"Doom is a...fascinating man."
Doom: "Extraordinary. Storm seems drawn to me, as I am to her. Lioness to lion, queen to king.
"She does not fear me.
"She should. She will."
Earlier in the same issue, Storm comes across a reminder of the recently-departed Jean Grey, and thinks, "Ah, my beloved friend. Would I had died in your place. I...still miss you."
All of Claremont's characters engage in this sort of thought process at some point or another, and it is a particular effective device for contrasting their inner and outer states in their (frequent) moments of crisis and transformation. When Jean has turned in to Dark Phoenix, the persistence of her inner monologue makes her actions all the more schocking. At one point in Issue 136, she returns to her childhood home and encounters her family, who are instinctively terrified of her. Their typically word two-page encounter is an emotionally affecting contrast between the words Jean and her family say to each other and Jean’s own inner monologue. That monologue is made all the more poignant by Jean’s primary mutant power, telepathy. She is simultaneously registering her own feelings while eavesdropping on the hidden thoughts of her mother (Elaine), father (John), and sister (Sarah). As John embraces her, Jean thinks:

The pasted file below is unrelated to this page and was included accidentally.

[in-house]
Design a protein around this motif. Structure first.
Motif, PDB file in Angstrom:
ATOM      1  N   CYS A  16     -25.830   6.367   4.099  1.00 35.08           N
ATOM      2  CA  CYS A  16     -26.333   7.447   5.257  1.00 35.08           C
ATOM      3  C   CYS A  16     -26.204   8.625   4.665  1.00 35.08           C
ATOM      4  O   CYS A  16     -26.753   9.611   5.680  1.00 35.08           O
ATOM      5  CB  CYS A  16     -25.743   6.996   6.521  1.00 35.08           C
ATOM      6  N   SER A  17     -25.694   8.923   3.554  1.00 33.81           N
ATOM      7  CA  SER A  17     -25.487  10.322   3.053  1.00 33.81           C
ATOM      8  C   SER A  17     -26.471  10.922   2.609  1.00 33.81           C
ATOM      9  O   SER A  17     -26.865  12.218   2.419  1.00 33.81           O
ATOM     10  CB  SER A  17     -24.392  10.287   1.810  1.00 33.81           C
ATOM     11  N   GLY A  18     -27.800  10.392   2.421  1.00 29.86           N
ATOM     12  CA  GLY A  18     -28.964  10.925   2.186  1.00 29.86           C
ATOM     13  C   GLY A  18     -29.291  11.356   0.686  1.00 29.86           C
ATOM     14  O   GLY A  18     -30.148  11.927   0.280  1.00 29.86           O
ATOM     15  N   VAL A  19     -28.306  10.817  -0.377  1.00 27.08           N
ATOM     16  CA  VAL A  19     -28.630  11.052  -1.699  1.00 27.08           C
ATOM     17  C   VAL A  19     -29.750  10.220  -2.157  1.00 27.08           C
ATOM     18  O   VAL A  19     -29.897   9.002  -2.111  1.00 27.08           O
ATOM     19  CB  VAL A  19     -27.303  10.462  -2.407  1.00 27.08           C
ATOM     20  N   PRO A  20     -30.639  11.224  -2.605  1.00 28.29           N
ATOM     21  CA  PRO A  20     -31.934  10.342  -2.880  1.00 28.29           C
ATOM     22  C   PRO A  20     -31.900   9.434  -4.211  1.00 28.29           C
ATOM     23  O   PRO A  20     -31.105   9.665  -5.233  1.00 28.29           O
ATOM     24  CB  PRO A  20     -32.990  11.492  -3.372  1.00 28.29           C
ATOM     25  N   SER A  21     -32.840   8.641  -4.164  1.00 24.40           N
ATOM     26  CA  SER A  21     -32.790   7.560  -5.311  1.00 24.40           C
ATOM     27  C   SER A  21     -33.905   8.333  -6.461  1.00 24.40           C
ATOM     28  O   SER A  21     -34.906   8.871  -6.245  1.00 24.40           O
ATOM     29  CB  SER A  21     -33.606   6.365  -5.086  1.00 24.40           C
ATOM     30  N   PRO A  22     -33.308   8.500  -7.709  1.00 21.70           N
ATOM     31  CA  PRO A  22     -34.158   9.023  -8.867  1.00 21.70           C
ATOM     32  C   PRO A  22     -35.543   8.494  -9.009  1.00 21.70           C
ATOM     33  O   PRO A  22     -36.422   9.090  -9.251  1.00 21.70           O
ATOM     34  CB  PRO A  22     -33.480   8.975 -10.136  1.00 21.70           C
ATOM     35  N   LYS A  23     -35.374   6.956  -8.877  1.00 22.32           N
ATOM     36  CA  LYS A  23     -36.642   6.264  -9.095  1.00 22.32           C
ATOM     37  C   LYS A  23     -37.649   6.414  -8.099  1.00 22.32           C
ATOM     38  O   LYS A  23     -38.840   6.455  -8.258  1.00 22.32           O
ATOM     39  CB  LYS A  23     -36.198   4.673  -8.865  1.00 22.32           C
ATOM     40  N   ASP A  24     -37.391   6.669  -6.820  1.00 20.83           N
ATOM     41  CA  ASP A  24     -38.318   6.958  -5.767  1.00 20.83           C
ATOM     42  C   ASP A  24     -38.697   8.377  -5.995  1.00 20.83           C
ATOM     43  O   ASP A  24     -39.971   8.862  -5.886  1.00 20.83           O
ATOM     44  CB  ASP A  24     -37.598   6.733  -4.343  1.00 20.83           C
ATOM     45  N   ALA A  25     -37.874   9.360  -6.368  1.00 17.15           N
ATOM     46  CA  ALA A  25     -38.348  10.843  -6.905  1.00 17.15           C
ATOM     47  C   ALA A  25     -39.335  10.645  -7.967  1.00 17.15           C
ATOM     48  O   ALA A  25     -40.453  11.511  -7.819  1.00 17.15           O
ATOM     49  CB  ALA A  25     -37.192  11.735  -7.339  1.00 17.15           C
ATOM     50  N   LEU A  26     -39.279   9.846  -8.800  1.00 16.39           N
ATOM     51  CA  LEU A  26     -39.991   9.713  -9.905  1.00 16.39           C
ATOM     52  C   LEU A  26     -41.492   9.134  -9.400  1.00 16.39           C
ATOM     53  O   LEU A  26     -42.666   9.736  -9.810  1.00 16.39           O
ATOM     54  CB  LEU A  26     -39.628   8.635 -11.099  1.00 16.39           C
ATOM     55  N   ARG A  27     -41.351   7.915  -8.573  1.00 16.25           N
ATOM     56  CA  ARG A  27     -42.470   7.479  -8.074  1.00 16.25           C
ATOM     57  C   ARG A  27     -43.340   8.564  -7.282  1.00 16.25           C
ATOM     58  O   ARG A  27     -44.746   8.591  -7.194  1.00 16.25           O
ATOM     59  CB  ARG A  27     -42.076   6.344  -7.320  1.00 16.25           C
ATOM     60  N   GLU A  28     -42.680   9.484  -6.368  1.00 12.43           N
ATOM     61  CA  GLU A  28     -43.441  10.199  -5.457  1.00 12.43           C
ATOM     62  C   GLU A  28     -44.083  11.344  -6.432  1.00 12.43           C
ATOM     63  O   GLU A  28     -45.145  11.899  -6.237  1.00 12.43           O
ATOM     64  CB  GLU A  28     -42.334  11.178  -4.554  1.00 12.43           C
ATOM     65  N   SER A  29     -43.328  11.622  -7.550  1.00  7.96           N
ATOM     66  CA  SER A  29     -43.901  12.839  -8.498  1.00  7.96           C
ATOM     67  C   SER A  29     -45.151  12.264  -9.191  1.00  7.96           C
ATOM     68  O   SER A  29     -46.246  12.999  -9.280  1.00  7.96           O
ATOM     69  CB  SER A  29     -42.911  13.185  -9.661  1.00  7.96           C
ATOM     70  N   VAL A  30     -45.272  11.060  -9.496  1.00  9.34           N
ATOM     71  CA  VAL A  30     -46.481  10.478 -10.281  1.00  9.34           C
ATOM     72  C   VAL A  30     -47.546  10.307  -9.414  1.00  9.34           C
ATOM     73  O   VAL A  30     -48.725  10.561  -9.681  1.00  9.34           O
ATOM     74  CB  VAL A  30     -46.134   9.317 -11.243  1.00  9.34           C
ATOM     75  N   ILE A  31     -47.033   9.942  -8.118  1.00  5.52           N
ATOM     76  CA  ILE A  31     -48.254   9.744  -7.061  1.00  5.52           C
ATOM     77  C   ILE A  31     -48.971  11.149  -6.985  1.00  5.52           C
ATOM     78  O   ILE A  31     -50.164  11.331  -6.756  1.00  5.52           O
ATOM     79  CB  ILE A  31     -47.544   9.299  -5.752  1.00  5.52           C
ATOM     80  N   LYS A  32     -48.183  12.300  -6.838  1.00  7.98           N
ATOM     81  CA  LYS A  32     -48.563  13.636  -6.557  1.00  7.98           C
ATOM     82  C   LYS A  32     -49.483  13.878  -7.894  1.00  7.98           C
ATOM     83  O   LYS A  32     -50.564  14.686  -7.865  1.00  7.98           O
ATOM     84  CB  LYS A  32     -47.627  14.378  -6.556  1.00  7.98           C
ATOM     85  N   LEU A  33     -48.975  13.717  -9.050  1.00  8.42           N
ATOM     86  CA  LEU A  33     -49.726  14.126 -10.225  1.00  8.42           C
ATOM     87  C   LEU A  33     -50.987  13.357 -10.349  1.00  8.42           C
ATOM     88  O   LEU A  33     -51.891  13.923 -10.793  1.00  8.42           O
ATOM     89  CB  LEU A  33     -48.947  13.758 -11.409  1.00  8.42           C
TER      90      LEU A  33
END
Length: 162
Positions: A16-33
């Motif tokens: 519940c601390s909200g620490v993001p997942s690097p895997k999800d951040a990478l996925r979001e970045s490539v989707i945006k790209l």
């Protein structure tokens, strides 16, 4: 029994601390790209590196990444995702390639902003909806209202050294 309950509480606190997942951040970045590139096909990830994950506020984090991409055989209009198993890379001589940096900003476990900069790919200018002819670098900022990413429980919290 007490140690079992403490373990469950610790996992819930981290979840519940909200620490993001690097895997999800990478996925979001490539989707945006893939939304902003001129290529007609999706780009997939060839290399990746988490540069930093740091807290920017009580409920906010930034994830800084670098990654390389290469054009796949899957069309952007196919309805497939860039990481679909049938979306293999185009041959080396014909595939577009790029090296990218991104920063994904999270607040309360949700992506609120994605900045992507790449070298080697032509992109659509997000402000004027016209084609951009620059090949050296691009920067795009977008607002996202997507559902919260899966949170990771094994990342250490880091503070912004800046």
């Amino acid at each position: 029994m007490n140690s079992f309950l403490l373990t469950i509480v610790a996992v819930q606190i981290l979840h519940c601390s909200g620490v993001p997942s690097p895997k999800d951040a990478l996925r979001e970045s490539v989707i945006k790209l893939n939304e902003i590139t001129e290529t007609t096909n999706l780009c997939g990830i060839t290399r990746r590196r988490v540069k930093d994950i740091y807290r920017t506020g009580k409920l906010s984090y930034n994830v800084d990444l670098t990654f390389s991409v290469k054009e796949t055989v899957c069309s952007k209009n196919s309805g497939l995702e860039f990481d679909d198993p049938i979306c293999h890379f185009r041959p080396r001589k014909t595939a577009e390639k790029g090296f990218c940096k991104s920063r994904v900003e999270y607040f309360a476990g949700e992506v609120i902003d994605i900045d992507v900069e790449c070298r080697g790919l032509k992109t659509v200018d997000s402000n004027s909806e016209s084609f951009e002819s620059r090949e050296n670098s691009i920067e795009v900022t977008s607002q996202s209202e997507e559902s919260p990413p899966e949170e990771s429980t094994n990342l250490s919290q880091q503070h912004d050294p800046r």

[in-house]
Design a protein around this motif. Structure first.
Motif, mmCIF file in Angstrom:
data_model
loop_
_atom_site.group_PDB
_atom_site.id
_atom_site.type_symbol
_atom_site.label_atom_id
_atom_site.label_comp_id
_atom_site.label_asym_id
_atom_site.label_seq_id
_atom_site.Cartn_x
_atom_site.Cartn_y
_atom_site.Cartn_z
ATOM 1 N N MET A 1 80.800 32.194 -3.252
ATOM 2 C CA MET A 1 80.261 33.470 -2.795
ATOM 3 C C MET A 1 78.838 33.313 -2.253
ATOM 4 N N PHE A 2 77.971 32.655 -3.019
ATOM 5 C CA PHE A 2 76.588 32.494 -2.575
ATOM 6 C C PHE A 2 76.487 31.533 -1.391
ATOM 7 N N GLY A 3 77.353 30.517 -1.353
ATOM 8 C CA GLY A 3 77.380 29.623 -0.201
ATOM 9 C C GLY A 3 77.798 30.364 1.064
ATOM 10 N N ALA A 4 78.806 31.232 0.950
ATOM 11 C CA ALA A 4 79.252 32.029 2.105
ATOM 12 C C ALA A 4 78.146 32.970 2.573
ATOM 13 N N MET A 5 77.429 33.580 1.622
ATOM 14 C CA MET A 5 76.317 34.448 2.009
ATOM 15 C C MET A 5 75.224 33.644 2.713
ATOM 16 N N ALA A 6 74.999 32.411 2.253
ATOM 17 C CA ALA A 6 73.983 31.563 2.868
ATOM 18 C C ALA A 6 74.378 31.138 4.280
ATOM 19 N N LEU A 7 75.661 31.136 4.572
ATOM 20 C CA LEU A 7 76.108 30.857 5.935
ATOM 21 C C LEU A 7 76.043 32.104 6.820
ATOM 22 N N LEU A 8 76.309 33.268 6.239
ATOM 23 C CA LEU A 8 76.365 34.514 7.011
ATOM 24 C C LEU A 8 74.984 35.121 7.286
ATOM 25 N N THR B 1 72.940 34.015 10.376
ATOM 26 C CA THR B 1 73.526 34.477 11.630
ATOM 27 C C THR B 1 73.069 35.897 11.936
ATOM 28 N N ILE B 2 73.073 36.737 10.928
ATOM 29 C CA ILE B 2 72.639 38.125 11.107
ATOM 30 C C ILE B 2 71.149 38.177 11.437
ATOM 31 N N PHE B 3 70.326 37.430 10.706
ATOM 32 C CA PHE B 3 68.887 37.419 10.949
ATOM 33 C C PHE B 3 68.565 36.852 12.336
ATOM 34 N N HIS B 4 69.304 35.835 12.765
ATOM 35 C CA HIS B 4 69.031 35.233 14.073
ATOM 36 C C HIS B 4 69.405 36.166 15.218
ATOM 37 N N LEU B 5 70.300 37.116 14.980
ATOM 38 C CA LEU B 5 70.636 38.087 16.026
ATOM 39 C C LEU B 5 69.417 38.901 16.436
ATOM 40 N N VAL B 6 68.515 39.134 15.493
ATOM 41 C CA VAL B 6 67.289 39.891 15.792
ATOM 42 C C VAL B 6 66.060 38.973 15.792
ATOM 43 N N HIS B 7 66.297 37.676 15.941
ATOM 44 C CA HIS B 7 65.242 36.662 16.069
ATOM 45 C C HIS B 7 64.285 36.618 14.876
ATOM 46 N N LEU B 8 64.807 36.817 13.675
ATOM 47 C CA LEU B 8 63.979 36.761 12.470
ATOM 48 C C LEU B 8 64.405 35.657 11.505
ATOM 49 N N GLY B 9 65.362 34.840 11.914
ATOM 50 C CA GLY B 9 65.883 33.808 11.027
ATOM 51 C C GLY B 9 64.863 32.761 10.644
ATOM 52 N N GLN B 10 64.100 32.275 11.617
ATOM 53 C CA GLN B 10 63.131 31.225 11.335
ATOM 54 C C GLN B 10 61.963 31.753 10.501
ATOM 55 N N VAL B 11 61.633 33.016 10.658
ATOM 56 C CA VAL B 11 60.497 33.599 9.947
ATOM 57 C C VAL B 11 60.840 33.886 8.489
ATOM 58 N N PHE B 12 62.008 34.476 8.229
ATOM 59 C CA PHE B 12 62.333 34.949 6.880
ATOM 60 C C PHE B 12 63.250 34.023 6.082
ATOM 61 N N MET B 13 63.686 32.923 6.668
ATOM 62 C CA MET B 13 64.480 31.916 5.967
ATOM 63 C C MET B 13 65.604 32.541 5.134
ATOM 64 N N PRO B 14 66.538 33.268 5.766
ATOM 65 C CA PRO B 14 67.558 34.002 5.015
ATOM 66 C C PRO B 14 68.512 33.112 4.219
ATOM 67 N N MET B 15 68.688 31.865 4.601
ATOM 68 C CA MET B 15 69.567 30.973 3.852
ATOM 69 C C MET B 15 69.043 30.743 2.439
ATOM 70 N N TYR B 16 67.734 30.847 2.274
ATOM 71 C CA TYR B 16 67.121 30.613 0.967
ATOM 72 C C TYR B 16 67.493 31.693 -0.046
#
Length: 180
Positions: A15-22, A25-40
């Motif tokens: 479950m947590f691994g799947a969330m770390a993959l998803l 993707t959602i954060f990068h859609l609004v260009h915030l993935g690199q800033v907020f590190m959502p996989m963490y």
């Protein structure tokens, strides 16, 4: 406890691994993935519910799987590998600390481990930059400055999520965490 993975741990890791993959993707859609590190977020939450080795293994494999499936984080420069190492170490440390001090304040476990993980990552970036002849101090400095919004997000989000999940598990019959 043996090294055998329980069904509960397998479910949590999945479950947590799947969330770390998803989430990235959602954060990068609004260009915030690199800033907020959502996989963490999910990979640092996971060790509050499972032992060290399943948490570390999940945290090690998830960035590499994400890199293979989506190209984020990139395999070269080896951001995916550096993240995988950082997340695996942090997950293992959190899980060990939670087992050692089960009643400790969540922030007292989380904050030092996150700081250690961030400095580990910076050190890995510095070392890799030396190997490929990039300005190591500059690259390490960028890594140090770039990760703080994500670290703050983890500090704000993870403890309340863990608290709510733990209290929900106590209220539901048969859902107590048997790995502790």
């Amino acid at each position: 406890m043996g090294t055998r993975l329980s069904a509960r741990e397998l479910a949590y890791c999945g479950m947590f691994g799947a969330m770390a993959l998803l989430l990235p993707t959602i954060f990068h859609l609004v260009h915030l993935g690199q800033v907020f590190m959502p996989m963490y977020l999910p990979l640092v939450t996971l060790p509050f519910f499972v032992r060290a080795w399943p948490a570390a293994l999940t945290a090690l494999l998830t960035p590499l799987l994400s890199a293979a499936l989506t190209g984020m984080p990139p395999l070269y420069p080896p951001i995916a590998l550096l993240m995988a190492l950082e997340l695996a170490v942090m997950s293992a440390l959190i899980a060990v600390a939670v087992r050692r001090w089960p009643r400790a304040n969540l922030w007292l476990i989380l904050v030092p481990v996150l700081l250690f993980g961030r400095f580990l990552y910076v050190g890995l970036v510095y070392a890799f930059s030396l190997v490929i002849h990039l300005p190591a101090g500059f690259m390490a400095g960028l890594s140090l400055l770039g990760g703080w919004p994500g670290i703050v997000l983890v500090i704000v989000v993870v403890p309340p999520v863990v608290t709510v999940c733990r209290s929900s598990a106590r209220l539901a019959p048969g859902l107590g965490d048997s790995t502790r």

“Oh, not! Please, no! My telepathic power is so sensitive, I can’t block out dad’s thoughts. He’s an open book to me! Nothing’s secret, nothing’s sacred anymore!”
She knows her mother is concerned, but underneath, she feel’s Elaine’s fear. She lashes out, threatening them all verbally while her own thoughts register her desire to stop: “Can’t help myself! Don’t want to, anymore! I’m reacting to their thoughts, not their words!”
It is noteworthy that, while Claremont is normally perfectly happy to expose nearly all his characters thoughts on the page, in this scene we only hear Jean’s, even though Jean’s actions are motivated by her mind-reading. Jean is in the position in which Claremont’s readers usually find themselves, privy to the characters’ thoughts. The difference, of course, is that she can affect the action, while all we can do is watch it.
With the exception of awkward representations of foreign and regional accents, along with certain verbal tics (Wolverine always called people “Bub”), Claremont is not good at differentiating his characters’ voices. But in key storylines such as the Dark Phoenix saga, that weakness becomes a strength. If Jean continues to narrate her own thoughts and alternate between poetic and humorous language even after her transformation, that makes her villainous persona all the more believable: she stills sounds like Jean.